Sleep Baseball solves all of these issues. The games played are not on a radio but on your phone or computer, as audio files. The Sleep Baseball league is entirely fictional, so there is no actual drama. And the announcer is pretty relaxed and low-key, as are all the ads (for fake products and businesses), so you don’t have to worry about sudden bursts of interest.

If you’ve followed Sleep Baseball before, you should know now that they have recorded their third game, and have recorded some new ads. If you had gotten tired of the same game and events between the Big Rapids Timbers and the Cadillac Cars, it might be of interest to you to give the new recordings a try. Sweet dreams!

Memory Machine 57: Preserving 70s Arcade Machines

The Memory Machine podcast has a new episode talking about the preservation of 70s arcade machines. Guests include Ethan Johnson, Kate Willaert, Dale Geddis, and Kevin Bunch of Atari Archive.

Games from the classic (Space Invaders onwards) and later eras of arcade machines tend to be preserved fairly well, or at least have MAME watching their backs, but there was a whole era of arcades before that time, that pose special challenges for preservation. Atari/Kee’s early release The Quiz Game Show, for instance, their first game using a processor, read questions off of special data tapes that may not even exist nowadays. Many games from that era had no processor, and were constructed out of discrete logic components.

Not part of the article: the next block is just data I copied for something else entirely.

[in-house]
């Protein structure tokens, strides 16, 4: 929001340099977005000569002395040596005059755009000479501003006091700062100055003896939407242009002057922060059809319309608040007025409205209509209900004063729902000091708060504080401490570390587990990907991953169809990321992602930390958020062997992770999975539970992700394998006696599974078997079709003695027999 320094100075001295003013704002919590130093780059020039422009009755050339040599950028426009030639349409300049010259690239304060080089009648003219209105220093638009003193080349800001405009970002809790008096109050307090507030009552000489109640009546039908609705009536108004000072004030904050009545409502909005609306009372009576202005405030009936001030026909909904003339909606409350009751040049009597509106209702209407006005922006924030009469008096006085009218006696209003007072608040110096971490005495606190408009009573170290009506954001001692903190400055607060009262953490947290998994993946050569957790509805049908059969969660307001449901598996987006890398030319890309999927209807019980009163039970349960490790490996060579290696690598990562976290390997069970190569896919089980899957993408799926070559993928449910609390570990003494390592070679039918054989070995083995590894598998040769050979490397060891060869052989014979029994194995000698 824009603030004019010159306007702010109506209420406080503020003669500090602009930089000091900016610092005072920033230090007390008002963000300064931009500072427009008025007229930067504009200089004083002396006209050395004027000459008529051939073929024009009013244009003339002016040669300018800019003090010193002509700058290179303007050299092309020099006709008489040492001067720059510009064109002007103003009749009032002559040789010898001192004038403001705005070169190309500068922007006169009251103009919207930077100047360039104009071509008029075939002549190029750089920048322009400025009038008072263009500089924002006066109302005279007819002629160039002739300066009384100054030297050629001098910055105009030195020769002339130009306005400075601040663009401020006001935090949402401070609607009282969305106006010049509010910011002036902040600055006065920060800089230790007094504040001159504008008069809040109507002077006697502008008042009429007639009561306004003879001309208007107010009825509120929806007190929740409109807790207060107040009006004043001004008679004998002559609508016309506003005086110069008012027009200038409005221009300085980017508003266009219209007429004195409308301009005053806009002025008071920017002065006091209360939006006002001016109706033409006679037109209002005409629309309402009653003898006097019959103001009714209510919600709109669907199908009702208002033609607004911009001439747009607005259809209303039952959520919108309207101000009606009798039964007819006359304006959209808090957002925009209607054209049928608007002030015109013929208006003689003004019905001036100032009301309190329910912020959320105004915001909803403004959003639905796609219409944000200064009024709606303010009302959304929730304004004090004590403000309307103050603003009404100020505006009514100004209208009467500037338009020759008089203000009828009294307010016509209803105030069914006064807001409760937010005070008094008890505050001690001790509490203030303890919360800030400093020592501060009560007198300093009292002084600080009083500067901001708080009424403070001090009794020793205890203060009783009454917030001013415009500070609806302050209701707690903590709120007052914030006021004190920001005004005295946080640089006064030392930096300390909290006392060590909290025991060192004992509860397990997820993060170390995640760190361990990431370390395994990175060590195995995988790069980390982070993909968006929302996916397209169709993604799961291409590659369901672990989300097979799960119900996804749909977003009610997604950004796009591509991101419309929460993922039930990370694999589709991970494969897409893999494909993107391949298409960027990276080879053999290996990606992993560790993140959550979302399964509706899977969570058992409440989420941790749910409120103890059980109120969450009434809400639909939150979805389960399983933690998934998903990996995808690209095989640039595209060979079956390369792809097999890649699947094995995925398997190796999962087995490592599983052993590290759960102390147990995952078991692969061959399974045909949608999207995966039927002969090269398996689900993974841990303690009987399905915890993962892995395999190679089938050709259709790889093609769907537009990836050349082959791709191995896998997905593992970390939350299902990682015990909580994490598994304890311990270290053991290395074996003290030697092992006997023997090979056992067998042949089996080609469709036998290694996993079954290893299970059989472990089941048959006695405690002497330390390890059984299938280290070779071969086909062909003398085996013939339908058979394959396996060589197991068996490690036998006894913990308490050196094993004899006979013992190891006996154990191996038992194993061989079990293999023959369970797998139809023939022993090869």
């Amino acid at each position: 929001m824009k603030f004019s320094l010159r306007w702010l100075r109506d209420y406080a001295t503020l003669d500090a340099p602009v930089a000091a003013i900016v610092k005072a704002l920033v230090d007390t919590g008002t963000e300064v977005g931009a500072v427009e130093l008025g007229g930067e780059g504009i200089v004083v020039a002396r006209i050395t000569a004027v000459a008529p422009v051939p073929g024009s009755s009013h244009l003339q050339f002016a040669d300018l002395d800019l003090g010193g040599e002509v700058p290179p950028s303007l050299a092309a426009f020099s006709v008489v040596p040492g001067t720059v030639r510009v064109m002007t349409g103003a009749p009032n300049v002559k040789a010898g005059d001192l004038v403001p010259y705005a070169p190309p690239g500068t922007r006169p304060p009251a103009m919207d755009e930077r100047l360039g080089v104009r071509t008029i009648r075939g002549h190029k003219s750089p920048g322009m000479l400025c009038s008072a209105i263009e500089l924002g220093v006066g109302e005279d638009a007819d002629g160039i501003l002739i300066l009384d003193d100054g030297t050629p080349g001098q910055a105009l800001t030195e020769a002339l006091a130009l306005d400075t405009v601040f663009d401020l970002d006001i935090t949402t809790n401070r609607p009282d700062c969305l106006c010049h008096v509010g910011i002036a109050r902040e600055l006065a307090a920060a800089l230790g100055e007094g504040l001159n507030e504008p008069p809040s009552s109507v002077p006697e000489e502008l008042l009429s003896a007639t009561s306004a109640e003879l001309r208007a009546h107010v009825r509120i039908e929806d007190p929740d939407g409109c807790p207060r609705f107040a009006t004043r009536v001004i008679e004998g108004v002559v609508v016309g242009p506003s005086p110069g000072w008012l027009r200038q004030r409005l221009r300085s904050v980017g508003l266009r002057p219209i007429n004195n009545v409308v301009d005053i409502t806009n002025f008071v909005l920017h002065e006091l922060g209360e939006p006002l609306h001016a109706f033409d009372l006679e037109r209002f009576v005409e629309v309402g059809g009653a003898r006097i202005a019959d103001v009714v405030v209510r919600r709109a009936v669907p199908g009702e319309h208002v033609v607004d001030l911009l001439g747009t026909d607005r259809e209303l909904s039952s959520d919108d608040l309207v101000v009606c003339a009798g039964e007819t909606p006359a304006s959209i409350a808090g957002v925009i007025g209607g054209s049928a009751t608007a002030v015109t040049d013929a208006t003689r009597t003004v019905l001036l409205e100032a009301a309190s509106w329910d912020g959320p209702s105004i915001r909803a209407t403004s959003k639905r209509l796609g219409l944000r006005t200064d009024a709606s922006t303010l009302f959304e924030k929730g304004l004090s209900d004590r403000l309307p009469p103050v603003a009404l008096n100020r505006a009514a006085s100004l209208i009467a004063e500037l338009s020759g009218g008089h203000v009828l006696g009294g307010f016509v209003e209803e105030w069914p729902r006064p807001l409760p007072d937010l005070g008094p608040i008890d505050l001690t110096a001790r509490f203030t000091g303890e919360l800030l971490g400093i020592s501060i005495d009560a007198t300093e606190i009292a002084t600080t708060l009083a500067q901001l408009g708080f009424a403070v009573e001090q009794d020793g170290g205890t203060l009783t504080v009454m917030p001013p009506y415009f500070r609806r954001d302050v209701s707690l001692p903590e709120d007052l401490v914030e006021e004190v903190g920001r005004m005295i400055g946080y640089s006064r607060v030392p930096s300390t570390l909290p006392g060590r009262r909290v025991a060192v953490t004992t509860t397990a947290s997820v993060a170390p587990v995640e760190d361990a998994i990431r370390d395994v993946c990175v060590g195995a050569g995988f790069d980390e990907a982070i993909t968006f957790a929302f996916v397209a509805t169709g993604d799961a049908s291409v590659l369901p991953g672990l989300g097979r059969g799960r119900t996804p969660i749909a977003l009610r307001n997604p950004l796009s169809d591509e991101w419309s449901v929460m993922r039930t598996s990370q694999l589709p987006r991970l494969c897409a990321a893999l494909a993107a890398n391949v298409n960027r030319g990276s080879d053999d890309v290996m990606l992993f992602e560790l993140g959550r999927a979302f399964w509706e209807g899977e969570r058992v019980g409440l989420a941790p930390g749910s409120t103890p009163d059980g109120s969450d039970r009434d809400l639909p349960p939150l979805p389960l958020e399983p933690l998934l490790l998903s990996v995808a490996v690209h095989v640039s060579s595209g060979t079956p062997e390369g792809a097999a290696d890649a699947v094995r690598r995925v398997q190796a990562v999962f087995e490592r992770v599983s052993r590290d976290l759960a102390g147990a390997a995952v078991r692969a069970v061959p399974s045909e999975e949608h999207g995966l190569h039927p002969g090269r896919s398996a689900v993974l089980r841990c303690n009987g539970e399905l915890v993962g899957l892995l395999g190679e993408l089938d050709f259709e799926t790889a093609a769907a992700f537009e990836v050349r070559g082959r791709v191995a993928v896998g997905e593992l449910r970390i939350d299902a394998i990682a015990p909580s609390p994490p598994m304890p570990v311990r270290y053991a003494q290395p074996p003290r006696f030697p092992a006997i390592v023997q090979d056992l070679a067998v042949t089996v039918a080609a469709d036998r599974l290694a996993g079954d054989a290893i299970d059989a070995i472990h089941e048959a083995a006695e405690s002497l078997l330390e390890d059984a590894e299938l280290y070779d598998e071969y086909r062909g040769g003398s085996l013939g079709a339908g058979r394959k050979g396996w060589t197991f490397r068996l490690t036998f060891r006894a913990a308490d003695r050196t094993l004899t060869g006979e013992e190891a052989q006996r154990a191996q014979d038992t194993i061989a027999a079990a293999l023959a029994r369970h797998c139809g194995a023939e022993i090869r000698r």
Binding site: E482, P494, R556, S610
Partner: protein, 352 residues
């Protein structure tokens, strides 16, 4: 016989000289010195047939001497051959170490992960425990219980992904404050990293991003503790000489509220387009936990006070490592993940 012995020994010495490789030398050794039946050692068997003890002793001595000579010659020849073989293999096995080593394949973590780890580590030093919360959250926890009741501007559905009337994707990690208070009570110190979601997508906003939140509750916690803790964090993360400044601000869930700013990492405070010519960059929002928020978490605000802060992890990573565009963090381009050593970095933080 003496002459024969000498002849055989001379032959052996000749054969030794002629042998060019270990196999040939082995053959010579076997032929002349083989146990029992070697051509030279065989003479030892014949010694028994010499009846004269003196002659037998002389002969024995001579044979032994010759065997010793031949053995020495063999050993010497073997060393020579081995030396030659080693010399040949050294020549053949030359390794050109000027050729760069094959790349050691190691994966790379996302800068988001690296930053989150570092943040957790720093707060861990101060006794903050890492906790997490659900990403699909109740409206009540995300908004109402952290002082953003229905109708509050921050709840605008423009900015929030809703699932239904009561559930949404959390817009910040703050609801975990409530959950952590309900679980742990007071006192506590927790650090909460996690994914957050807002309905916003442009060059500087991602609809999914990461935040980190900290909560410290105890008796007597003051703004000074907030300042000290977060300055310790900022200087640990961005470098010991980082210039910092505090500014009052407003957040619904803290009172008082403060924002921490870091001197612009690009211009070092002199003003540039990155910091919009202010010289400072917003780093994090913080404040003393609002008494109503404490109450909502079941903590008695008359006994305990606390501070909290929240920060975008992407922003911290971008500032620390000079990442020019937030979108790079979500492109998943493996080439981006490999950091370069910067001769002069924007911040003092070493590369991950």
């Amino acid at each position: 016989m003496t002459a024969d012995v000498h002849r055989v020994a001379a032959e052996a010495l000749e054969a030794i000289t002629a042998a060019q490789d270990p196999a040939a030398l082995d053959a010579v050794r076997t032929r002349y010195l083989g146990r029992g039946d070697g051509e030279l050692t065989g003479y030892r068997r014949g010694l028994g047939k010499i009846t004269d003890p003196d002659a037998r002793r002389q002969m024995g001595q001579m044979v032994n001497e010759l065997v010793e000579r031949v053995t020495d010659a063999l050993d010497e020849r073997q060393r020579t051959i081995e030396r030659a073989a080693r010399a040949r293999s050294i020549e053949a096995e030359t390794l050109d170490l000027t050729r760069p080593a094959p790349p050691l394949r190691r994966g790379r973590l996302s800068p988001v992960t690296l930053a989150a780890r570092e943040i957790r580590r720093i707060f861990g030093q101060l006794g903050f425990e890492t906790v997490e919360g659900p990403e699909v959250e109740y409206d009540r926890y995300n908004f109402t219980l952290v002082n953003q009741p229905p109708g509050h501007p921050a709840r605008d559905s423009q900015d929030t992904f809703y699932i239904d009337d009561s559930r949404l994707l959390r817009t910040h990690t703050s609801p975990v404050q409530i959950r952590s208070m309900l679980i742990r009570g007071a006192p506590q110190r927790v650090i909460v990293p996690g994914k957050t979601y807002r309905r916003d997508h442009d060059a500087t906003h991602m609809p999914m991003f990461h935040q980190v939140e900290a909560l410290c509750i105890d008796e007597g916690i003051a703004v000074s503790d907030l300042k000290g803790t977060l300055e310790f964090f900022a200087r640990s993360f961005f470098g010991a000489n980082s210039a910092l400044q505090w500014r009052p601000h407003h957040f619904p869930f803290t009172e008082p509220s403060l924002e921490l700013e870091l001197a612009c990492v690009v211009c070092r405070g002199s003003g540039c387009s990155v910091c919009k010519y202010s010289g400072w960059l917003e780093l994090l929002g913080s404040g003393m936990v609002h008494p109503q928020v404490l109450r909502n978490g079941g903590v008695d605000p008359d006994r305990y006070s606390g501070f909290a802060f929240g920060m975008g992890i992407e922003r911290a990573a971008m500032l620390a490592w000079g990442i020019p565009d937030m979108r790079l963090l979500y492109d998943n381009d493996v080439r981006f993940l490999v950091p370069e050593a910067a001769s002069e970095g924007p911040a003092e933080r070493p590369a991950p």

When I wrote part one of We Love Atari Games, I was surprised by how many games from this era are so little known now. Atari’s Football, for example, sold extremely well, even keeping up with Space Invaders for a little while (until Super Bowl season that year ended), but I barely even heard of it before I started working on the book.

These games are important to preserve too, but the difficulty in emulating them, their great rarity, and the inescapable arrows of time and entropy present huge challenges. Please listen to the podcast for more information, from people who know much more about them than me.